NEW ORLEANS (AP) — A judge presided, and the beaming couple embraced teary-eyed well-wishers when it was over. It wasn’t a wedding, but it brought Viet Anh Vo and Heather Pham a bit closer to marriage.
Vo is 32. He’s been a Louisiana resident since he was a baby and a U.S. citizen since he was 8. But he was born in an Indonesian refugee camp after his parents fled Vietnam. His lack of a birth certificate led to his being denied a marriage license under a state law that took effect last year.
U.S. District Judge Ivan Lemelle of New Orleans blocked enforcement of that law Wednesday. And the legislation’s sponsor later said she’s drafting changes to make sure foreign-born, legal residents can get a waiver to the birth certificate requirement.
Lemelle granted Vo’s request for a preliminary injunction, saying the birth certificate requirement violates the equal protection rights of foreign-born U.S. citizens, as well as the fundamental right to marry.
“It treats him differently from citizens born in the United States or its territories,” the judge said.
Rep. Valarie Hodges, R-Denham Springs, said it was always her intent to provide for waivers in her original bill, which was meant to deter foreigners from gaining visas and citizenship through sham marriages.
“Unfortunately, sometimes bills don’t come out exactly like you expect as they go through the process,” Hodges said in an emailed statement.
As soon as Thursday, the couple planned to go back to the clerk’s office in their Lafayette hometown to get a marriage license. They may even officially tie the knot over the weekend.
“I just hope others can look at my situation and fight for their rights, too,” Vo said.
Alvaro Huerta, a Los Angeles-based attorney for the National Immigration Law Center, said the ruling enables the couple to immediately obtain a marriage license.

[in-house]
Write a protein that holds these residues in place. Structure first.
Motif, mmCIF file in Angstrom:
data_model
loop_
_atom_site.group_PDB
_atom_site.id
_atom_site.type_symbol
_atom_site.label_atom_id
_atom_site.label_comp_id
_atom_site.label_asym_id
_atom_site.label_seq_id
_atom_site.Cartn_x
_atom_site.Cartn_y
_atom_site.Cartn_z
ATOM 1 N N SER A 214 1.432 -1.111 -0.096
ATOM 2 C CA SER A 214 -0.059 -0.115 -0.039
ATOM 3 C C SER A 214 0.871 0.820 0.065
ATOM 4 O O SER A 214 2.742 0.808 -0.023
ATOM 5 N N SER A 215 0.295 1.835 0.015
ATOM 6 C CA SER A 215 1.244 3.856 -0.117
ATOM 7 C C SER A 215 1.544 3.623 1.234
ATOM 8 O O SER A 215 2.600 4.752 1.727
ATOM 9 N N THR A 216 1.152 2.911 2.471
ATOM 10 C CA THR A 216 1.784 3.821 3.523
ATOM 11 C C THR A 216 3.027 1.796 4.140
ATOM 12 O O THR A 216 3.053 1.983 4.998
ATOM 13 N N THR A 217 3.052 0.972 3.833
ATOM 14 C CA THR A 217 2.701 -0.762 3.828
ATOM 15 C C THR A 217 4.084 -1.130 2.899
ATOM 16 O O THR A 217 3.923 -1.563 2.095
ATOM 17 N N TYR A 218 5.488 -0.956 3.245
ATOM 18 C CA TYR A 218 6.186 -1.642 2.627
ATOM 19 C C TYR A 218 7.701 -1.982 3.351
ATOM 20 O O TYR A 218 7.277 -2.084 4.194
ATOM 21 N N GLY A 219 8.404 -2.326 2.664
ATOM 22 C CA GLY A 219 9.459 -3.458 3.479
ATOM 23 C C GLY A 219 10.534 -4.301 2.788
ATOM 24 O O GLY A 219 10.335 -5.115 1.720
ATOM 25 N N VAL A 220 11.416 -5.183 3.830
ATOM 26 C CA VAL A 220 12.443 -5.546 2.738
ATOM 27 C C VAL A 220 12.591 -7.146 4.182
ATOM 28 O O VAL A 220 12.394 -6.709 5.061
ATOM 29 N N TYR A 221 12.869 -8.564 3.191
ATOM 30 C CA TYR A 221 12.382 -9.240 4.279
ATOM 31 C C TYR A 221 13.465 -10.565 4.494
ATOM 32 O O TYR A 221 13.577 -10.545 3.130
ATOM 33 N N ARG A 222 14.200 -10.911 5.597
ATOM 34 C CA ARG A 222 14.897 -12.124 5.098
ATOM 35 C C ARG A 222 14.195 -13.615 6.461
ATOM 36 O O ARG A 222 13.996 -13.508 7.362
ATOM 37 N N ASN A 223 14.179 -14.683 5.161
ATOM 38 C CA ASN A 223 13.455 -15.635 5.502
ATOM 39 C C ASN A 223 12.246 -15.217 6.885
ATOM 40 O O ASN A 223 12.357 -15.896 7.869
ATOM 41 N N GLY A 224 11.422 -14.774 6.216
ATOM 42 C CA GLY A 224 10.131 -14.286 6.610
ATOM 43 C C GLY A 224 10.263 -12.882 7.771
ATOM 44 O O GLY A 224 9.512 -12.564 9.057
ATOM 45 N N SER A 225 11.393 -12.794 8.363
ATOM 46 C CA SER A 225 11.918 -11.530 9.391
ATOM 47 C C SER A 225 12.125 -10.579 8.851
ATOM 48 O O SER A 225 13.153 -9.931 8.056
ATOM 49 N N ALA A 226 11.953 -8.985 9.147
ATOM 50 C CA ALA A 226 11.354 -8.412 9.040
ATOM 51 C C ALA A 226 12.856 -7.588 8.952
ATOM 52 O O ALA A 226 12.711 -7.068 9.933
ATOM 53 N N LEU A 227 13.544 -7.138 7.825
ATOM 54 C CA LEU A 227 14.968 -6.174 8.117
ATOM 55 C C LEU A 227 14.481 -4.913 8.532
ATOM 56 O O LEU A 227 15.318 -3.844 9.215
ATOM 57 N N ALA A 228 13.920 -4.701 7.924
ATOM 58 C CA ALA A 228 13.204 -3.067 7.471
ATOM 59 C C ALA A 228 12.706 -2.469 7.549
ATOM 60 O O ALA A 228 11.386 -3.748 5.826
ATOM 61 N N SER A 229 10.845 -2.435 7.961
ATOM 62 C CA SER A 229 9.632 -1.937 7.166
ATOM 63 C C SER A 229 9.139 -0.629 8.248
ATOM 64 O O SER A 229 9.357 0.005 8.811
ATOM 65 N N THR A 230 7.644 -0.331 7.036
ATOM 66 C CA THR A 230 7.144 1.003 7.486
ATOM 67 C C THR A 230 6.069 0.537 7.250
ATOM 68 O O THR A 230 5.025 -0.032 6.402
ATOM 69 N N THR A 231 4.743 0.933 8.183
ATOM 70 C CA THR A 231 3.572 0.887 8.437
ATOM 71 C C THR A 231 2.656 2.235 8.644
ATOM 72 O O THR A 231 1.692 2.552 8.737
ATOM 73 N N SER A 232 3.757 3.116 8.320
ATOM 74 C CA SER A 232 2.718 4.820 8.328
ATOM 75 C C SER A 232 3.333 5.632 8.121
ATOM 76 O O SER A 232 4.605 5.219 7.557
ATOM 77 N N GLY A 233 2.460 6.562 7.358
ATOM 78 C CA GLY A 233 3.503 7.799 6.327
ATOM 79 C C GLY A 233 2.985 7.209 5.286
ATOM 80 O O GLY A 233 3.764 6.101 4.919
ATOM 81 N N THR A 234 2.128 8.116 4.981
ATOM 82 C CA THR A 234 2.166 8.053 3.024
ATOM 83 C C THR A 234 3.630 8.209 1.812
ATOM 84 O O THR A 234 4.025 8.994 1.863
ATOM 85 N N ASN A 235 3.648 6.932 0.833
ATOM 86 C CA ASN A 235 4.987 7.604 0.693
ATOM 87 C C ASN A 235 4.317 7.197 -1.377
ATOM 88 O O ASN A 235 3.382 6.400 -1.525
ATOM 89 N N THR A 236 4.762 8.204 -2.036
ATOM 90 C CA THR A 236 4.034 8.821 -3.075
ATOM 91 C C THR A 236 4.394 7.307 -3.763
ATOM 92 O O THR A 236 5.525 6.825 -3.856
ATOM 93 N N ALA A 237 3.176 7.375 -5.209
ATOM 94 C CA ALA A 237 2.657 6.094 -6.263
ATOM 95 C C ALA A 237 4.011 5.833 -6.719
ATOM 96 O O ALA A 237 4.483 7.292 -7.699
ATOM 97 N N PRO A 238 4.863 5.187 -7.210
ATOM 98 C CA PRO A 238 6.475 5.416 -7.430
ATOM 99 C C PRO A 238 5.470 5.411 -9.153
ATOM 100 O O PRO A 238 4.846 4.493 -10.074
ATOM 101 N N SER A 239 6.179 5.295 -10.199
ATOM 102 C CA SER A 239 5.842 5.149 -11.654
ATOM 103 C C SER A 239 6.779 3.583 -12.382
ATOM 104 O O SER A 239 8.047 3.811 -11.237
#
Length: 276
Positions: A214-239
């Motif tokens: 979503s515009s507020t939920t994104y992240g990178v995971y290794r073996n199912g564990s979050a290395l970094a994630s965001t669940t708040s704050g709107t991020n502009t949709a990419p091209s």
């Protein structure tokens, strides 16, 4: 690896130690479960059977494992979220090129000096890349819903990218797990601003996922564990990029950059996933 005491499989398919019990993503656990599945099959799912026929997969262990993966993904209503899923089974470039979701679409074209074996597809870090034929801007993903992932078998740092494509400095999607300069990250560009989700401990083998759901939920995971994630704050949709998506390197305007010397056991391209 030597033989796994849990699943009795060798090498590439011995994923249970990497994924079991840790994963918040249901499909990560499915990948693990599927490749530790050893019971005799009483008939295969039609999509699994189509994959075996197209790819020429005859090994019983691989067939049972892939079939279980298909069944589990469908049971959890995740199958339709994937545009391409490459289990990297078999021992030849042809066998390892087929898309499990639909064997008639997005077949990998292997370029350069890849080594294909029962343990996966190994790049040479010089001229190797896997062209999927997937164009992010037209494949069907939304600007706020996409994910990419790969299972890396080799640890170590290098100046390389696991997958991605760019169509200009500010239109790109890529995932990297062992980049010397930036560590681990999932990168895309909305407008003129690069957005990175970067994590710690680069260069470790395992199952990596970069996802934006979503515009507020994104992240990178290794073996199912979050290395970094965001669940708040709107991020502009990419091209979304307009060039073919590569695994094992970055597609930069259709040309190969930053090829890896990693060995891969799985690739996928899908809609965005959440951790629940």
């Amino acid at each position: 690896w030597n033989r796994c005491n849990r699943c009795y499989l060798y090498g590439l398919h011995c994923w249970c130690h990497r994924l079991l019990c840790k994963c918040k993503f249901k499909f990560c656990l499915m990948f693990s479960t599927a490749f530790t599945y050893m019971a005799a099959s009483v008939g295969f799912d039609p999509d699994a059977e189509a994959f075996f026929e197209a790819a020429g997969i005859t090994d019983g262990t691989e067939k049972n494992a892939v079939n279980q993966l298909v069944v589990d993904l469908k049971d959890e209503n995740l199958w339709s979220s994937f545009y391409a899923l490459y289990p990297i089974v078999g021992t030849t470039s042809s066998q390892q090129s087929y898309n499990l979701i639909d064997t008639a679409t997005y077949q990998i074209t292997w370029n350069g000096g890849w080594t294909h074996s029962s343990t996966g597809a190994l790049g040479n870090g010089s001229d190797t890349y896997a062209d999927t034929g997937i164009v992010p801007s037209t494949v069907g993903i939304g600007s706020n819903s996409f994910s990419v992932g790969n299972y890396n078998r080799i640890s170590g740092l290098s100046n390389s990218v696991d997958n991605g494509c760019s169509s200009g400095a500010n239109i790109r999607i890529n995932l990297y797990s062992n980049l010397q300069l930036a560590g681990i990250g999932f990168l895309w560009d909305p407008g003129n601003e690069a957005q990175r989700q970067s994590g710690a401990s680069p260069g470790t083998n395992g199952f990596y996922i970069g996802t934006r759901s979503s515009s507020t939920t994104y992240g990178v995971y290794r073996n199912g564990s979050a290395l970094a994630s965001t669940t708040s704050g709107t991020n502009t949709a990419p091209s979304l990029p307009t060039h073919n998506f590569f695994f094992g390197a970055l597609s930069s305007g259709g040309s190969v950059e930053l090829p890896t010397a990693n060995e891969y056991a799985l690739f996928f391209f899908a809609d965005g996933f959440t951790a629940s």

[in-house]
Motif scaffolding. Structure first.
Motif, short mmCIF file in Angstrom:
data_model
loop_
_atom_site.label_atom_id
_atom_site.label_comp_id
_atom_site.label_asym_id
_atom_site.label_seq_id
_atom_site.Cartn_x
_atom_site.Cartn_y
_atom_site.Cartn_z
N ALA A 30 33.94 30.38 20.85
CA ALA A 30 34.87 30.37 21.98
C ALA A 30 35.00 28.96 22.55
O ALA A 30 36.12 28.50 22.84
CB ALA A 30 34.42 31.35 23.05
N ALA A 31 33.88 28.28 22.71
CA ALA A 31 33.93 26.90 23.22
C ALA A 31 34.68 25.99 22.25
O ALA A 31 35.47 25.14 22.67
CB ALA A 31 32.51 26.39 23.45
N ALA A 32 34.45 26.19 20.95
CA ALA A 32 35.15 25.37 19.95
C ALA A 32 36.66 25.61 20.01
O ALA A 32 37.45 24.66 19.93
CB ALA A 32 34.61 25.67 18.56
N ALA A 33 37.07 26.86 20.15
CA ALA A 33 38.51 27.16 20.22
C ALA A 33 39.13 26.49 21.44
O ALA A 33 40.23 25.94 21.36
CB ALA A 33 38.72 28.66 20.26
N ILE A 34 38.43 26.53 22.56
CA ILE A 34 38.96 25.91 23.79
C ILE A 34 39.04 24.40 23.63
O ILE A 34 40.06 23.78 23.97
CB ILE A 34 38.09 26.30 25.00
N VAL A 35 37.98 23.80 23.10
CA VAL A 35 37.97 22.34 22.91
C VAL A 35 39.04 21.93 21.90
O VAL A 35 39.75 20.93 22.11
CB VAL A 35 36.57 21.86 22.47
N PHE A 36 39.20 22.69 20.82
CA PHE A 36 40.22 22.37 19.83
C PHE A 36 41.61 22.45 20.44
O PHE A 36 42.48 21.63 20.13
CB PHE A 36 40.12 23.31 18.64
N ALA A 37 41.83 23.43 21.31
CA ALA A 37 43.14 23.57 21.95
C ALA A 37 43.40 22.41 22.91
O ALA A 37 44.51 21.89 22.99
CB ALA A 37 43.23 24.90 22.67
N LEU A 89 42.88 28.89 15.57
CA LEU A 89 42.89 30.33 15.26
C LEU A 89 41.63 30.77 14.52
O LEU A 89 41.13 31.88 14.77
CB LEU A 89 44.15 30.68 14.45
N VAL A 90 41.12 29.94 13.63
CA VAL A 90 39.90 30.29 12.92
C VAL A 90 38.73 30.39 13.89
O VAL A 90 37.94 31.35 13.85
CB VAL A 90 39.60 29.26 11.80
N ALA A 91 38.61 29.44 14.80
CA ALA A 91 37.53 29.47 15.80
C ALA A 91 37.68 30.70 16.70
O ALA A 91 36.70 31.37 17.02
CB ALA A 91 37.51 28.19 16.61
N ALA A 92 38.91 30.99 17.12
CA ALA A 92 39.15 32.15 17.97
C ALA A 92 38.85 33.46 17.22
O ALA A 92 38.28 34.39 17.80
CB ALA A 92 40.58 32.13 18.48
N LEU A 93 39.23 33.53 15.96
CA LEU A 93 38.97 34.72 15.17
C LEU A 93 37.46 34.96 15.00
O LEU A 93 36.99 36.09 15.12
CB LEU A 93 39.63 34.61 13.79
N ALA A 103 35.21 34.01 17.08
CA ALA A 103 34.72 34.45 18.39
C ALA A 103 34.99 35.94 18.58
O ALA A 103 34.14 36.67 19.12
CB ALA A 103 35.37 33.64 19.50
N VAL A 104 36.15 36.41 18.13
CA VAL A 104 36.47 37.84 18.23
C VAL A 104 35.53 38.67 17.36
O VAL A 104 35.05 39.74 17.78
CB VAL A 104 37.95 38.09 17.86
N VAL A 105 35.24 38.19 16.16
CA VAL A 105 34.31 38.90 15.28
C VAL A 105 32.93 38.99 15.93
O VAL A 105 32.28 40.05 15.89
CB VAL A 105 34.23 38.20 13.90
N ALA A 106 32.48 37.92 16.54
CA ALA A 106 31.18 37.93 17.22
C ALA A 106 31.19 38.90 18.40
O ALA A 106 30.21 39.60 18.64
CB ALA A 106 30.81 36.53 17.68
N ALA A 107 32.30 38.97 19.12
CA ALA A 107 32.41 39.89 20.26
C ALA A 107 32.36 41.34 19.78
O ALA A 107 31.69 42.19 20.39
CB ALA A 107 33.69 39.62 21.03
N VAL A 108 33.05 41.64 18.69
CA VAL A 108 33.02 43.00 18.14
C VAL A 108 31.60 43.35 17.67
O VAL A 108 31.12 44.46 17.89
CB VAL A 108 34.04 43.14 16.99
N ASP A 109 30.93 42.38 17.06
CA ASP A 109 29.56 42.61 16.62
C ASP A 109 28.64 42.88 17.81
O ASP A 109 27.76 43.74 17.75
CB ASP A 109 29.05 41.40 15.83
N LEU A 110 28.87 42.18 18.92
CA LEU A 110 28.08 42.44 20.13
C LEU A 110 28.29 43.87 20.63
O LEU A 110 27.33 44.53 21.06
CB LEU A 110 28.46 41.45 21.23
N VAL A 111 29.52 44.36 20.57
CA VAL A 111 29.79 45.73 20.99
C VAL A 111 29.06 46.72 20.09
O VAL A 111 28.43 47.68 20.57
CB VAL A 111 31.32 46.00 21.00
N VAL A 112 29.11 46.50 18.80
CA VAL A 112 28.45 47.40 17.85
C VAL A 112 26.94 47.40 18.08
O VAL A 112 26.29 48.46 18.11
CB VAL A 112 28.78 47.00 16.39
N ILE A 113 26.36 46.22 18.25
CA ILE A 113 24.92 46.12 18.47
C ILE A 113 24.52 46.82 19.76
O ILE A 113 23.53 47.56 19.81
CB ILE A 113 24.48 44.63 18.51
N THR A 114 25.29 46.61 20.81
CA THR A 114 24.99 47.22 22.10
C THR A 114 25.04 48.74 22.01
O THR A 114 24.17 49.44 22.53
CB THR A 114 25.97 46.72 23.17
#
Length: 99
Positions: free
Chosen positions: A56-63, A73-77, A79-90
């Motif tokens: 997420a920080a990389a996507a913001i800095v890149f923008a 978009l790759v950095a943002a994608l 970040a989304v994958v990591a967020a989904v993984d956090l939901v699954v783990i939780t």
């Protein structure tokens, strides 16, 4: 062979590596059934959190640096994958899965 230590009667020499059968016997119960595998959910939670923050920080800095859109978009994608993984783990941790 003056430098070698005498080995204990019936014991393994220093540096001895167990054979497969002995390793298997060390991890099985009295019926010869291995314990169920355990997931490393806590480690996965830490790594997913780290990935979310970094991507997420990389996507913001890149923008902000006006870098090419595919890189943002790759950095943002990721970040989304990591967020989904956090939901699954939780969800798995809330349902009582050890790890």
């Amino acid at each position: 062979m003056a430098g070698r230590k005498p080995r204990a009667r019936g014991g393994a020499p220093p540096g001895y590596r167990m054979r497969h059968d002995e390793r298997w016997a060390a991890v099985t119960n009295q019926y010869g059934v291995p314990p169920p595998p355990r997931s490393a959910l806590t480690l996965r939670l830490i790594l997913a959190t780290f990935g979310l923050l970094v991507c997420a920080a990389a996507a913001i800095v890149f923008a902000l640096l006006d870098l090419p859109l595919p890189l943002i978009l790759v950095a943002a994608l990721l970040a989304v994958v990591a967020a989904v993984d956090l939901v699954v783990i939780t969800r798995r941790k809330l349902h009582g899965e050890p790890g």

The judge gave no indication from the bench that his injunction applies only to Vo. Lawyers from the law center and the New Orleans Workers Center for Racial Justice are waiting to see his written ruling.
“We don’t know if it’s going to extend to others, but we presume so,” Huerta said.
Debbie Hudnall, executive director of the Louisiana Clerks of Court Association, said her office needs to review a written ruling from the judge before it can provide any guidance to court clerks on compliance.
Vo and Pham spent thousands of dollars and invited 350 guests to their wedding before their application for a marriage license was rejected last year. They tried at three separate parishes but were denied each time by court clerks.
They went ahead with the ceremony and exchanged wedding bands.
“The couple, greatly disappointed, proceeded to hold a sacramental marriage in their Catholic Church. This marriage, however, is not legally recognized by Defendants or the State of Louisiana,” his court papers say.
Vo’s lawsuit says he automatically became a U.S. citizen as a child, when his parents became citizens, and he has official U.S. government documents reflecting his birth, refugee status and legal residency. It says he’s working on getting a certificate of citizenship and a U.S. passport, but the state law doesn’t recognize either document.
Vo said neither Indonesia nor Vietnam will certify his birth.